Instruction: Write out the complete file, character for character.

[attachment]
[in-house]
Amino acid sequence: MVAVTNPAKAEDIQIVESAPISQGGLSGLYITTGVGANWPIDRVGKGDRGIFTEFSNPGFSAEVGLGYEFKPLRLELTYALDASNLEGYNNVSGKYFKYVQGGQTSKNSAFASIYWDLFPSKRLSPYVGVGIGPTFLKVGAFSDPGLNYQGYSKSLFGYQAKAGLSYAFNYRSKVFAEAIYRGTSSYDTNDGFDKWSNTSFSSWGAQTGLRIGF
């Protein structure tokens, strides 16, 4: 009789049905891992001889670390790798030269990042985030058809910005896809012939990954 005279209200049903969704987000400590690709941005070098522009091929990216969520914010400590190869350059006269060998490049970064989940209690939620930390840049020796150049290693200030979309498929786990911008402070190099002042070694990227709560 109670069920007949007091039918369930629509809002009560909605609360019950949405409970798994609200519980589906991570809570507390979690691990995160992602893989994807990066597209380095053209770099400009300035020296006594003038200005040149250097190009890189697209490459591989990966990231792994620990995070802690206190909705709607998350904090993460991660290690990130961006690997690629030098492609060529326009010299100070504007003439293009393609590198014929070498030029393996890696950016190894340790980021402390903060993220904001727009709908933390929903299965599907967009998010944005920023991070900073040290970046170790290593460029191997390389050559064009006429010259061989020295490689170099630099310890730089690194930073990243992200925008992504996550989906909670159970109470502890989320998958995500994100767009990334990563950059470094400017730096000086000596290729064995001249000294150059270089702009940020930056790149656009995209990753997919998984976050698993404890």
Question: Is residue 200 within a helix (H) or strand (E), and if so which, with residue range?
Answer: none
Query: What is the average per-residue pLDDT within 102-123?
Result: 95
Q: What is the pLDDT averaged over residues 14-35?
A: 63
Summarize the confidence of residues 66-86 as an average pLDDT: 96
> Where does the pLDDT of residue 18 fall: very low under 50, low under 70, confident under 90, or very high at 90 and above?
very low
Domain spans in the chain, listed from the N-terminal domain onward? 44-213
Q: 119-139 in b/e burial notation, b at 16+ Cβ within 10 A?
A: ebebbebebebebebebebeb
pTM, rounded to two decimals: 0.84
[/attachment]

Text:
[in-house]
Amino acid sequence: MVAVTNPAKAEDIQIVESAPISQGGLSGLYITTGVGANWPIDRVGKGDRGIFTEFSNPGFSAEVGLGYEFKPLRLELTYALDASNLEGYNNVSGKYFKYVQGGQTSKNSAFASIYWDLFPSKRLSPYVGVGIGPTFLKVGAFSDPGLNYQGYSKSLFGYQAKAGLSYAFNYRSKVFAEAIYRGTSSYDTNDGFDKWSNTSFSSWGAQTGLRIGF
């Protein structure tokens, strides 16, 4: 009789049905891992001889670390790798030269990042985030058809910005896809012939990954 005279209200049903969704987000400590690709941005070098522009091929990216969520914010400590190869350059006269060998490049970064989940209690939620930390840049020796150049290693200030979309498929786990911008402070190099002042070694990227709560 109670069920007949007091039918369930629509809002009560909605609360019950949405409970798994609200519980589906991570809570507390979690691990995160992602893989994807990066597209380095053209770099400009300035020296006594003038200005040149250097190009890189697209490459591989990966990231792994620990995070802690206190909705709607998350904090993460991660290690990130961006690997690629030098492609060529326009010299100070504007003439293009393609590198014929070498030029393996890696950016190894340790980021402390903060993220904001727009709908933390929903299965599907967009998010944005920023991070900073040290970046170790290593460029191997390389050559064009006429010259061989020295490689170099630099310890730089690194930073990243992200925008992504996550989906909670159970109470502890989320998958995500994100767009990334990563950059470094400017730096000086000596290729064995001249000294150059270089702009940020930056790149656009995209990753997919998984976050698993404890």
Question: Is residue 200 within a helix (H) or strand (E), and if so which, with residue range?
Answer: none
Query: What is the average per-residue pLDDT within 102-123?
Result: 95
Q: What is the pLDDT averaged over residues 14-35?
A: 63
Summarize the confidence of residues 66-86 as an average pLDDT: 96
> Where does the pLDDT of residue 18 fall: very low under 50, low under 70, confident under 90, or very high at 90 and above?
very low
Domain spans in the chain, listed from the N-terminal domain onward? 44-213
Q: 119-139 in b/e burial notation, b at 16+ Cβ within 10 A?
A: ebebbebebebebebebebeb
pTM, rounded to two decimals: 0.84